Emil Guillermo: Trumputin, rescission, and internment--Asian Americans know the feeling of a President's betrayal

July 17, 2018 1:06 PM

I was watching that Hell-stinky summit of Trump and Putin, where Trump did nothing more than solidify his bully status. 

I couldn't believe what I was seeing.

I should have figured. You see, bullies don't punch back. Bullies are weak. Bullies are cowards. 

Bullies, when they're president, betray the American people.

The way you beat a bully is merely to stand up to him. Even when you're shorter with less hair like Putin. The Russian president never had to take off his shirt. He never flinched. He knew exactly how to play a trump hand.

Putin stood his ground at that monstrous event we might as well call the birthing of some new two-headed world monster. Because there they were--the two leaders, one supposedly of the free world and the other of the less free. 

And there they were both speaking as one.

Trumputin.

Trump-Putin summitW.jpg

How could that be? Putin--the man behind the taking of Crimea, the unrest in the Ukraine, innumerable human rights violations, the suppressor of free speech and a free press--he and the president of the free world were one?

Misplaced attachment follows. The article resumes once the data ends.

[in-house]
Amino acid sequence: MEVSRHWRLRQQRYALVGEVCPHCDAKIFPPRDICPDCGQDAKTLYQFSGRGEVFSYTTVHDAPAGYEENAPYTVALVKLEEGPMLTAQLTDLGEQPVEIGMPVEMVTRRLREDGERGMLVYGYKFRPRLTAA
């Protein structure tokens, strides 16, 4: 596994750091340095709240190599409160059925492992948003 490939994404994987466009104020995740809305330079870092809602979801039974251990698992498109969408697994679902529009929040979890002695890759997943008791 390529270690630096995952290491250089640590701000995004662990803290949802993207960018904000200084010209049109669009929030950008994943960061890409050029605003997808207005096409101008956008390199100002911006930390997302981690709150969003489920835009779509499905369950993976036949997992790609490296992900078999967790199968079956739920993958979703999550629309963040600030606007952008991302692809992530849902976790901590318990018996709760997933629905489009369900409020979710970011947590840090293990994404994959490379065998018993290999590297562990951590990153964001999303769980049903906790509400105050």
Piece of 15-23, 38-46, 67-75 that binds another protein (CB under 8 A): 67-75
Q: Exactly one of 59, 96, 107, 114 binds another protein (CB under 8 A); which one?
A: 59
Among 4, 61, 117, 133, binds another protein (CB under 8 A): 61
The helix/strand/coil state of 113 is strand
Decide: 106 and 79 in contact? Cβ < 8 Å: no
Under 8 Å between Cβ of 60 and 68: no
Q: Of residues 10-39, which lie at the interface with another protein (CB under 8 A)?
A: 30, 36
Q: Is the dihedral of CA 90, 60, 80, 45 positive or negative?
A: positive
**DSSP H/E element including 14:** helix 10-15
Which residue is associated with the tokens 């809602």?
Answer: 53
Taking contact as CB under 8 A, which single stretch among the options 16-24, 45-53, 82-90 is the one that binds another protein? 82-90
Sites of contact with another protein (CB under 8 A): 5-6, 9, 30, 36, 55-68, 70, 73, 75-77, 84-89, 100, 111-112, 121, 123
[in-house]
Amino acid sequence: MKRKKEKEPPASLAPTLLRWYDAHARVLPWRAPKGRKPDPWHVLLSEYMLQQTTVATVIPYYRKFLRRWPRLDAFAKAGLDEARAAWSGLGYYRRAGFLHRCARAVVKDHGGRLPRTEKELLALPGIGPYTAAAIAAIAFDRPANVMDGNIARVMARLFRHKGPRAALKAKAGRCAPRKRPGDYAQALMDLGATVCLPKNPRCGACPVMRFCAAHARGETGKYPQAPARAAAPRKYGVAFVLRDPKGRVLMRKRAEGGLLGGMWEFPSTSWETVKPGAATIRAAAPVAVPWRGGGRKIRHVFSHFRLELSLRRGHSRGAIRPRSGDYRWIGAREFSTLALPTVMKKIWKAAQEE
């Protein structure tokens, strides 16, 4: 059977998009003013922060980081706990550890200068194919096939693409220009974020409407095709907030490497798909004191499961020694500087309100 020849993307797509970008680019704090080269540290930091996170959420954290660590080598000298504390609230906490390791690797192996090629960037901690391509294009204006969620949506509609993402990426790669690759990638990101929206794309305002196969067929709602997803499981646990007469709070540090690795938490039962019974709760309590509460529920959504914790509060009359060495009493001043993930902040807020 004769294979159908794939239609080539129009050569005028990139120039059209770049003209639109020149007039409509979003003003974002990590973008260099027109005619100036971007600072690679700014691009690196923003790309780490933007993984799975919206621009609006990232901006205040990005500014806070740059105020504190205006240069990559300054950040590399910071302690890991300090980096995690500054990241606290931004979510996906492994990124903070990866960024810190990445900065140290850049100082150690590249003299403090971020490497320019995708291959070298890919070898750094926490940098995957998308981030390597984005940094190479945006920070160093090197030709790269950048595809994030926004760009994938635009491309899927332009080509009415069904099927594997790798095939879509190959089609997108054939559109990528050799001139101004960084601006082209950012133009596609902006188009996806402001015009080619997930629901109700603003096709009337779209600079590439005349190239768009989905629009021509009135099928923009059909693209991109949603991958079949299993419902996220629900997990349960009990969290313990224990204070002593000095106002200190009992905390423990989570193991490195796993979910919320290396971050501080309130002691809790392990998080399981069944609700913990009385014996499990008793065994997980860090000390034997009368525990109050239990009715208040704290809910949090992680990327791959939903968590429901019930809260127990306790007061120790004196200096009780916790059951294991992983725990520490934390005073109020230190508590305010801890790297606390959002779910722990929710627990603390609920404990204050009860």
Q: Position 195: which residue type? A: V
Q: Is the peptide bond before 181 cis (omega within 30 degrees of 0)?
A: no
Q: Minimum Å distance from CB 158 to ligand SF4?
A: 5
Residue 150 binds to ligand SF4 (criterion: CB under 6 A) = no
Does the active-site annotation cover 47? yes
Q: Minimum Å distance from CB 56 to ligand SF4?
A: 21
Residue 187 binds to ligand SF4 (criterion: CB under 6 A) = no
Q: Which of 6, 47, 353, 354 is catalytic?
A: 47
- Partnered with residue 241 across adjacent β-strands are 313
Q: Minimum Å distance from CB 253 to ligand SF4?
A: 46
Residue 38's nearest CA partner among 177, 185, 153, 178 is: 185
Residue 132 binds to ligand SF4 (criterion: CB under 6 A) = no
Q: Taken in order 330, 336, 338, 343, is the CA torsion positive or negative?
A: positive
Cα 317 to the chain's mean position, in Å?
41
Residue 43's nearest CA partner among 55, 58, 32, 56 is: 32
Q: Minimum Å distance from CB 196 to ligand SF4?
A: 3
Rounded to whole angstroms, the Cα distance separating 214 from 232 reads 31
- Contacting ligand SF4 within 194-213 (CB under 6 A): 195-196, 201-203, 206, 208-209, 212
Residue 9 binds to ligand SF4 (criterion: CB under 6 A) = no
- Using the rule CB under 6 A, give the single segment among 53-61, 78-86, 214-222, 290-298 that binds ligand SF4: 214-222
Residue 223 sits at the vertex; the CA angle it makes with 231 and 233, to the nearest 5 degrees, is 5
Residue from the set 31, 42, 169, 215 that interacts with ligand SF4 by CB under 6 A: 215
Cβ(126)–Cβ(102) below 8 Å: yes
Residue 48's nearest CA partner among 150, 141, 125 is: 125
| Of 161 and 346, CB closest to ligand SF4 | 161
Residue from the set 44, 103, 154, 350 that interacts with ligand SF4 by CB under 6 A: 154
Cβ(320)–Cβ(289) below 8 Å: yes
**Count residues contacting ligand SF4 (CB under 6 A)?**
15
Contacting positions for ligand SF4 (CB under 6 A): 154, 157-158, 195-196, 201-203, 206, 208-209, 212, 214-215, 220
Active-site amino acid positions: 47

At this presser, they were.

Especially on the subject of Russian interference in our 2016 elections.

Putin boldly said (in translation) that Russia "never interfered" in the U.S. election. He referred to it all as the "so-called interference," conveniently dismissing the indictments issued by the Mueller probe against 12 Russian military hackers.

Instead of a forceful rebuke, or a well-timed diplomatic tongue lash in return, the U.S. president responded meekly. Trump didn't hold Russia accountable for anything. In a typical Trump move, he went Charlottesville, where he didn't have the heart to blame white supremacists despite compelling visual evidence.  Remember the many "fine people of both sides" line?

In this case, Trump would only say that "we have both made mistakes," and how both countries were to blame for the current state of U.S./Russia relations.